HEALTHY SRI LANKAN HERBAL INFUSIONS


November 2020| 31 views

The array of herbal remedies these days must include these natural ingredients.

Indigenous medicinal infusions are slowly but steadily gaining recognition for their risk-free nontoxic healing properties for good health

Words Jennifer Paldano Goonewardena.

Drink your koththamalli’ as a preventive intervention against is a familiar refrain among Sri Lankans, almost a niggling litany from mothers and elders who will swear by the good- ness of a liquid brewed from roasted coriander seeds to beat the cold and the flu. Today, the buzz word in the midst of the COVID-19 pandemic is koththamalli, although for years this beverage has remained in the conventional narrative of rudimentary medicines. For Sri Lankans, the drink made from coriander seeds is an essential accompaniment in treating the flu and a cold. And for this purpose, coriander seeds are a must in every home; the slightest throat irritation and a few sneezes are enough for a cup of the medicinal drink to be thrust into one’s hand. All along, native Ayurveda physicians have held this herb’s cura- tive value in high esteem. Coriander has been more than a spice, an essential ingredient in medicines, which is prominently featured in ancient books of medicine, such as the Sarartha Sangraha, the Sanskrit medical discourse written by King Buddhadasa (341-370 AD).

Today, with the onset of COVID-19 the debate has turned towards an exploration and exposition of the health benefits in Ayurveda and traditional systems and the age-old koththamalli drink has been strongly recommended

contracting the disease, because cori- ander contains vitamin C as well as antibacterial and antiviral properties, its consumption builds immunity. This drink has been consumed for centuries to combat ailments such as high fever, headache, body pain, rhinitis, painful menstruation and menstrual disorders, skin diseases and urinary disorders. This was, while the seeds and the plant parts were used in cooking.

Of the six distinct tastes identified in Ayurveda – namely madura (sweet), amla (sour), lawana (salty), katu (pungent/spicy), thikta (bitter) and kashaya (astringent), coriander contains four – sweet, pungent, bitter and astringent tastes. Hence it is dynamic, that is, it has multiple ben- efits, such as being a coolant owing to its sweet taste, making it ideal for the skin and hair, importantly to boost immunity. Its pungency stimu- lates digestion and blood circulation and helps with sinusitis and diseases of the throat, bitter or thikta rasa renders its detoxifying quality; and the astringent kashaya rasa helps purify blood.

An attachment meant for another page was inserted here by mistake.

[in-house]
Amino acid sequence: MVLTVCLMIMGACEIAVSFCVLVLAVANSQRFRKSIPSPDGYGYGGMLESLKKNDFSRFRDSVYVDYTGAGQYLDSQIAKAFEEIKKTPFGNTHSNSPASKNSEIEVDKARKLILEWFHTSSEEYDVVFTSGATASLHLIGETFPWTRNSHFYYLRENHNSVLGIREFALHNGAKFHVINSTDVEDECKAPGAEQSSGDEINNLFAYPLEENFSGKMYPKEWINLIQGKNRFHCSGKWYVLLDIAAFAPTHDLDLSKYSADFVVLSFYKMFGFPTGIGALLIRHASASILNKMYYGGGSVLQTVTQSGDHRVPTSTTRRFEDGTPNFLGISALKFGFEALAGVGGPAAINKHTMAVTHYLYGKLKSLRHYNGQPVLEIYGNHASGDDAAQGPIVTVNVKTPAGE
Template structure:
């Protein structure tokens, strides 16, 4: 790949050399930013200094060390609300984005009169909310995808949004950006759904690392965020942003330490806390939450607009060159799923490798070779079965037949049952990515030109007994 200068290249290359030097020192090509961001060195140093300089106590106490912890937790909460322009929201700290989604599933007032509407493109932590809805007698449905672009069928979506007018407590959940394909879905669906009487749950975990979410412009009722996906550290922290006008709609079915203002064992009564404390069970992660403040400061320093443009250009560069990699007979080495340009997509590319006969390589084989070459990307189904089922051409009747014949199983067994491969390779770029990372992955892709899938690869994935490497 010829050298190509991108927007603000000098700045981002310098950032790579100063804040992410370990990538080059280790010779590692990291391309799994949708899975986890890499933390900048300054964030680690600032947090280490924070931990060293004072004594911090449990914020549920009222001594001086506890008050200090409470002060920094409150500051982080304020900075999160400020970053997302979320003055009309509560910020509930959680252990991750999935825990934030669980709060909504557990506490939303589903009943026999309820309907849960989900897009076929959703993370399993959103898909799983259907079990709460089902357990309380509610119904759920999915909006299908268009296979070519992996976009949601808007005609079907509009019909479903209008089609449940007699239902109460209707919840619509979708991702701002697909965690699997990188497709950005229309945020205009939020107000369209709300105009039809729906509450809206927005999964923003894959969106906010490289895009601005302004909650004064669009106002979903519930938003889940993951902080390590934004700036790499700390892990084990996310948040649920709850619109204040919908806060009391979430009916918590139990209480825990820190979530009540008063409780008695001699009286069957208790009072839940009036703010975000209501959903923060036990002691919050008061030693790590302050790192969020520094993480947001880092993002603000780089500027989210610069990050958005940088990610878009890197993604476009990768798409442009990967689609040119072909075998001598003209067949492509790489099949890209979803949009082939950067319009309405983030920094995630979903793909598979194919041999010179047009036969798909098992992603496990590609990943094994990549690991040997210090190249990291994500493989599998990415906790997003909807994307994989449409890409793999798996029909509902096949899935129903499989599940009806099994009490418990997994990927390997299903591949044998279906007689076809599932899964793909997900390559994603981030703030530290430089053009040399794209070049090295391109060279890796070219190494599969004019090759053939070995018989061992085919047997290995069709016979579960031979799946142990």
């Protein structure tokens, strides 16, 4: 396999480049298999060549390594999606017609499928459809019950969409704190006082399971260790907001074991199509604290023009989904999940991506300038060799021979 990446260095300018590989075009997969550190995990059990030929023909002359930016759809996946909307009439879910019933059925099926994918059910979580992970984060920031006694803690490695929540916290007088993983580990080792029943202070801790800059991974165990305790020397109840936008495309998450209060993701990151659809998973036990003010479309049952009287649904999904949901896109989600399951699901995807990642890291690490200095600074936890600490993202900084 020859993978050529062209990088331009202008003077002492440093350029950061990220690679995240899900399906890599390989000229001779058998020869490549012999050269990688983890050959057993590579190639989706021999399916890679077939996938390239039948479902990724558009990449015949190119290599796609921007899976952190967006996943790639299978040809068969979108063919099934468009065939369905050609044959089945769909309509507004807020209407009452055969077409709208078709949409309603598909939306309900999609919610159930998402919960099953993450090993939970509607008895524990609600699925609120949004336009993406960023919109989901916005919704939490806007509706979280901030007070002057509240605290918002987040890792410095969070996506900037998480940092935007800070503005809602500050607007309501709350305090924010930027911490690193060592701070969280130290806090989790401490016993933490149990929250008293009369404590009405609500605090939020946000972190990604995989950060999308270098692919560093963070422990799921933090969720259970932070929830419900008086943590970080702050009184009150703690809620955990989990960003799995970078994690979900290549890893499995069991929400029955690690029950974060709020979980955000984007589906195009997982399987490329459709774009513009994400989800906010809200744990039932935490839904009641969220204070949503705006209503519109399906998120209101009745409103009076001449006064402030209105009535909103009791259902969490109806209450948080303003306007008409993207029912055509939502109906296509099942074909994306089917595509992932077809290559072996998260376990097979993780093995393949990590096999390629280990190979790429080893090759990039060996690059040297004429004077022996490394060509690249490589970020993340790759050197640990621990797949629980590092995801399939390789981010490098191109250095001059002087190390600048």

A herbal coriander drink is pre- pared by first roasting the washed seeds in a pan; as the seeds blacken water is added. It’s boiled on medium heat until the water decreases to less than half its original quantity.

Native Ayurveda physicians have held this herb’s curative valuein high esteem. Coriander has been more than a spice, an essential ingredient in medicines..

Crushing the seeds partially allows its aroma to infuse into the water while it cooks. To treat a ‘cold’ disease, coriander seeds are roasted prior to boiling. This process can be skipped when the drink is prepared to treat urinary tract infections.

While koththmalli stands out as the most popular herb used these days, the Government is encouraging the use of several other medicinal plants frequently used in traditional medical systems, such as the drink prepared from the dried root bark of weniwelgeta (Ceylon calumba wood) to fight infections. This bitter medicinal root has antioxidant and an- tibacterial qualities. The root is used to treat, among a plethora of ailments, fever and cough, and a decoction of the bark for intermittent fevers. In Sri Lanka, it has long been a practice to bathe infants and children in water boiled with pieces of weniwelgeta, and among adults for relief from body pain. To ensure overall wellbeing in the midst of COVID-19, a drink made from the root boiled in water and drunk on an empty stomach in the morning is recommended.

The health benefits of the leaves, roots and the whole plant that trails along the ground are immense; the vishnukranthi (dwarf morning glory) herb in its entirety can be used to treat children suffering from fever and cough. This herb is also used to treat patients’ suffering from continuous high fever. Vishnukranthi contains antiviral as well as immunomodulatory ingredients and when consumed during fever, it induces the outflow of urine, enabling the infection to be flushed out as blood circulation improves.

Pathpadagam possesses antioxidant, anti-inflammatory and fever-reducing qualities. A decoction prepared in traditional medicine from the aerial part of Pathpadagam (diamond flower) and vishnukranthi is used to treat viral and bacterial infections, cough and bronchitis and fever resulting from communicable diseases such as chickenpox. This medicinal herb is also used to treat skin ailments, eye disease, venomous bites and even appendicitis.